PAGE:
Novel process to obtain large quantities of primary cells for transplantation

A method to isolate large quantities of high quality primary cells for therapeutic transplantation through freezing and thawing organs, including organs typically considered suboptimal for donation.
Technology No. 2020-057
IP Status: PCT Patent Application Filed; Application #: PCT/US2020/013956

Applications

  • Isolation of cells for transplantation
  • Creation of bioartificial organs
  • Recovery of cells for basic research

Key Benefits & Differentiators

  • Isolate large quantities of cells suitable for transplantation: Vitrification and thawing process minimizes damage to cells, facilitating the recovery of 1010 or more highly-functional cells.
  • Utilizes organs not viable for transplantation: In animal models, the method has been shown able to recover high-quality cells from livers donated after cardiac death (DCD).
  • Provides time to identify best donor-recipient match: Vitrified organs can be stored indefinitely, allowing the time to identify the best match, and ship organs over long distances when necessary.

The need for high quality primary cells for transplantation

Cell transplantation is a promising therapeutic technique for the treatment of end-stage liver disease, acute liver failure and some liver-based metabolic disorders. However, there remains a need for an on-demand supply of large numbers of high quality primary human hepatocytes. Current cryopreservation techniques damage cells and fall far short of being able to produce the required quantities of functioning hepatocytes for treatment. Work in John Bischof’s lab at the University of Minnesota has developed a method to infuse organs with a cryopreservation solution containing magnetic nanoparticles prior to freezing that allows them to be rewarmed usingalternating magnetic fields. The solution and nanoparticles are subsequently washed out and this technique avoids the damage typically caused during the thawing processes and facilitates the recovery of large quantities of functional cells.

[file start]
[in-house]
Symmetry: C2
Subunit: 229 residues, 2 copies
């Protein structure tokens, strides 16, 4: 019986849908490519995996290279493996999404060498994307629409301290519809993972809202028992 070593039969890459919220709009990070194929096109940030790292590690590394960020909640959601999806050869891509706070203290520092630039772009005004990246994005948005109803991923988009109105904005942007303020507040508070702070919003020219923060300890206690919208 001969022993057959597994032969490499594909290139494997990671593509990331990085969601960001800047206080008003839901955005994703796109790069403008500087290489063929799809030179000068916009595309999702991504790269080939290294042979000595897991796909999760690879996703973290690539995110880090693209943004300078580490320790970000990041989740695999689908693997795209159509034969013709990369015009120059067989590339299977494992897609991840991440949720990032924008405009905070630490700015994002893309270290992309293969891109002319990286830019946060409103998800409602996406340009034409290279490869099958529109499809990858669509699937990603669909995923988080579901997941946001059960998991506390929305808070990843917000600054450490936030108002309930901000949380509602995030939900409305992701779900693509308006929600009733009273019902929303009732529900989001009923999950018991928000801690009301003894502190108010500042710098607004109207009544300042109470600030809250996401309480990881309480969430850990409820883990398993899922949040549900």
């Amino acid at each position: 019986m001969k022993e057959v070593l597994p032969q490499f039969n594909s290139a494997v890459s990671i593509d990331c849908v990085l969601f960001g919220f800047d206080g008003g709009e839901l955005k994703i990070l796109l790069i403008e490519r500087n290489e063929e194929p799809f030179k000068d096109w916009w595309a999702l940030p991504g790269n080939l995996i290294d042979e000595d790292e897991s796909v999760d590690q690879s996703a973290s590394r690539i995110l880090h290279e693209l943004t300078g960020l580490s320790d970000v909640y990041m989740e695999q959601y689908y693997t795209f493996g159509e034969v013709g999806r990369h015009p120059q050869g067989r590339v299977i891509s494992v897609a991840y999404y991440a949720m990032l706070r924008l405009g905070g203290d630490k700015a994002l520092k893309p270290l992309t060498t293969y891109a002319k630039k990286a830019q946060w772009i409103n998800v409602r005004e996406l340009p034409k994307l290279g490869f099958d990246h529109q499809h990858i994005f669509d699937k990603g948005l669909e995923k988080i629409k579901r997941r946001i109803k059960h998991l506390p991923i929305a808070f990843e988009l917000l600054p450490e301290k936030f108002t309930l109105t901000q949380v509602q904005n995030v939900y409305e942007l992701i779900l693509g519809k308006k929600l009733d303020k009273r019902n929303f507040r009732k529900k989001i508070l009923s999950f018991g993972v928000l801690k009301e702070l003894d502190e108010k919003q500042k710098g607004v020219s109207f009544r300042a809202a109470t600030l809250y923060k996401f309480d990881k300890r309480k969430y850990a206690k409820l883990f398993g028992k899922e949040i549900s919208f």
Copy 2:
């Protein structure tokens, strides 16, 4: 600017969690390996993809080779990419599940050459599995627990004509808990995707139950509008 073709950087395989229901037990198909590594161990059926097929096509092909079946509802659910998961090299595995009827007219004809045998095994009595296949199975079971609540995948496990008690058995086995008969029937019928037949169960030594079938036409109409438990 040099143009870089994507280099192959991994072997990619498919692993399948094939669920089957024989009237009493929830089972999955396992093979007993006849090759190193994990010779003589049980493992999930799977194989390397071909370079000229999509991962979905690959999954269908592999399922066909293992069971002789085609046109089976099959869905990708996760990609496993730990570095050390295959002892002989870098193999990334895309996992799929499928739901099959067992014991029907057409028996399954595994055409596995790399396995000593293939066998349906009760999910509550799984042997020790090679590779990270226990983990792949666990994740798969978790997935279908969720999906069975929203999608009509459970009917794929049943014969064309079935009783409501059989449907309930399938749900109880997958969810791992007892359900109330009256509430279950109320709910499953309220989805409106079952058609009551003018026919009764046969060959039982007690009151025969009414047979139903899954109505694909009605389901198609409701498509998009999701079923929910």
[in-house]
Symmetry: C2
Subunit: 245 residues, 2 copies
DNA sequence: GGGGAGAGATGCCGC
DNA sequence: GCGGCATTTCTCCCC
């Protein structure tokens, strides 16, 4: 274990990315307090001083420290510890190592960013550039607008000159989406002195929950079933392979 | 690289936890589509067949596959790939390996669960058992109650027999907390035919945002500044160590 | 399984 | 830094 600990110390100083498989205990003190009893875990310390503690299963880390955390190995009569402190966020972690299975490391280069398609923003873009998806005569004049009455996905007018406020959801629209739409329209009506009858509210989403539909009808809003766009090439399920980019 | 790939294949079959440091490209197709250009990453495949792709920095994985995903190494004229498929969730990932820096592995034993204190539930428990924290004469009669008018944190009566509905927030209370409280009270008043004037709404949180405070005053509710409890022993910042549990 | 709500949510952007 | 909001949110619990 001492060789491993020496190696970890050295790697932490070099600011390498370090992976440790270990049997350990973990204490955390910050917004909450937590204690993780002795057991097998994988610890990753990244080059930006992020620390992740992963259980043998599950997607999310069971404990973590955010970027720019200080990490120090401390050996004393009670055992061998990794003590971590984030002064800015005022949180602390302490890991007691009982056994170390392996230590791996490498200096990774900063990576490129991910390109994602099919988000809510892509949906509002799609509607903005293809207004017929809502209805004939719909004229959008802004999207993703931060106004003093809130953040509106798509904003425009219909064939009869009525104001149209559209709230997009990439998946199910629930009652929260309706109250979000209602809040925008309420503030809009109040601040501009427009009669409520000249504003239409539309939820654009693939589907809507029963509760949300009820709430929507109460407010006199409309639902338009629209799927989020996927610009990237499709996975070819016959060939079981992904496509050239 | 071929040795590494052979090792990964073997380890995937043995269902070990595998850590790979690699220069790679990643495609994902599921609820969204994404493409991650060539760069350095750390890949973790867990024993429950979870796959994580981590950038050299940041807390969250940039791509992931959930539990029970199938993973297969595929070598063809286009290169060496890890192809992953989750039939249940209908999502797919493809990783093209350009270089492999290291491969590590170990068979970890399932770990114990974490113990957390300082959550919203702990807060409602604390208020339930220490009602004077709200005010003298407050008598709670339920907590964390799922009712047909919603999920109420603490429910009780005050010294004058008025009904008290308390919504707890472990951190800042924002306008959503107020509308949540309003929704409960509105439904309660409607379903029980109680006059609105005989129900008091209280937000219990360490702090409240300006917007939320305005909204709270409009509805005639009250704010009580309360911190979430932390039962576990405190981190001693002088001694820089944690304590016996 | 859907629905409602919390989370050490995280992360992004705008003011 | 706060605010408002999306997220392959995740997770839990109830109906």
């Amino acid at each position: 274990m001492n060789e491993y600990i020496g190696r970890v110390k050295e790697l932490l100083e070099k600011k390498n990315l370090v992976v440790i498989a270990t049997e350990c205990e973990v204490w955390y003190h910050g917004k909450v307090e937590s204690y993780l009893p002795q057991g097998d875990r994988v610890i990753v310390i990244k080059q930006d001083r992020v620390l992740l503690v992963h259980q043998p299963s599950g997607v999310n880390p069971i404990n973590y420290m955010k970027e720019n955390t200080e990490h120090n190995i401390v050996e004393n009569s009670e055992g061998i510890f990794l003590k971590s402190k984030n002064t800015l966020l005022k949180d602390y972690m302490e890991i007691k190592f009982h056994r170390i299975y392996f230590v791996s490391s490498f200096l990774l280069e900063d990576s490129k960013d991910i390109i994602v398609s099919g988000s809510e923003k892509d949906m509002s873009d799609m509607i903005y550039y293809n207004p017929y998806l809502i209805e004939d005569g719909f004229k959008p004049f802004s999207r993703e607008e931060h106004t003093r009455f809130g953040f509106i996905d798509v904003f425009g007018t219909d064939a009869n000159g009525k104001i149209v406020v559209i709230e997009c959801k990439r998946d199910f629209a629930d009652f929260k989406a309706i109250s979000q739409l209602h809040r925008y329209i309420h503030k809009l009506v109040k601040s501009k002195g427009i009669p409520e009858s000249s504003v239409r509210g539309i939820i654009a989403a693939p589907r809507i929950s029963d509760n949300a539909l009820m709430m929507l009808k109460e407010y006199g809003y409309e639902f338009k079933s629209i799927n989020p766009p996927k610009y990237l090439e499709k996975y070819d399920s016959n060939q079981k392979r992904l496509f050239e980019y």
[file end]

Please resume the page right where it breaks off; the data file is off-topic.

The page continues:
Isolate cells from typically wasted organs

Execution of the developed method may be used to recover and produce large numbers (1010 or greater) of functional cells. Of particular importance is that in animal models this technique has been shown capable of isolating high-quality cells even from livers donated after cardiac death (DCD), which are typically considered suboptimal and of little use for donation. Furthermore, since cell isolation happens after thawing the organ, the organ can be transported over long distances and extended periods of time, this facilitates identification of an ideal patient match and mitigates rejection risks. This approach can also be optimized for organs other than the liver, including kidney, heart, pancreas and lungs (among other). This method has the capacity to make use of thousands of donated organs that would typically be discarded, saving countless lives through facilitating cell transplants and the creation of bioartificial organs.

Phase of Development

Study in animal models has illustrated the ability to recover large quantities of high-quality hepatocytes from harvested livers, including those recovered after cardiac death that have undergone ischemic warming.

Researchers
John C. Bischof, PhD
Professor, Mechanical Engineering Director, Institute for Engineering in Medicine
External Link (cse.umn.edu)
Erik FInger, MD, PhD
Associate Professor, Dept. of Surgery
External Link (med.umn.edu)
Charles Lee, PhD
University of North Carolina, Charlotte
External Link (mees.uncc.edu)

Desired Partnerships

This technology is now available for:

  • License
  • Sponsored research
  • Co-development
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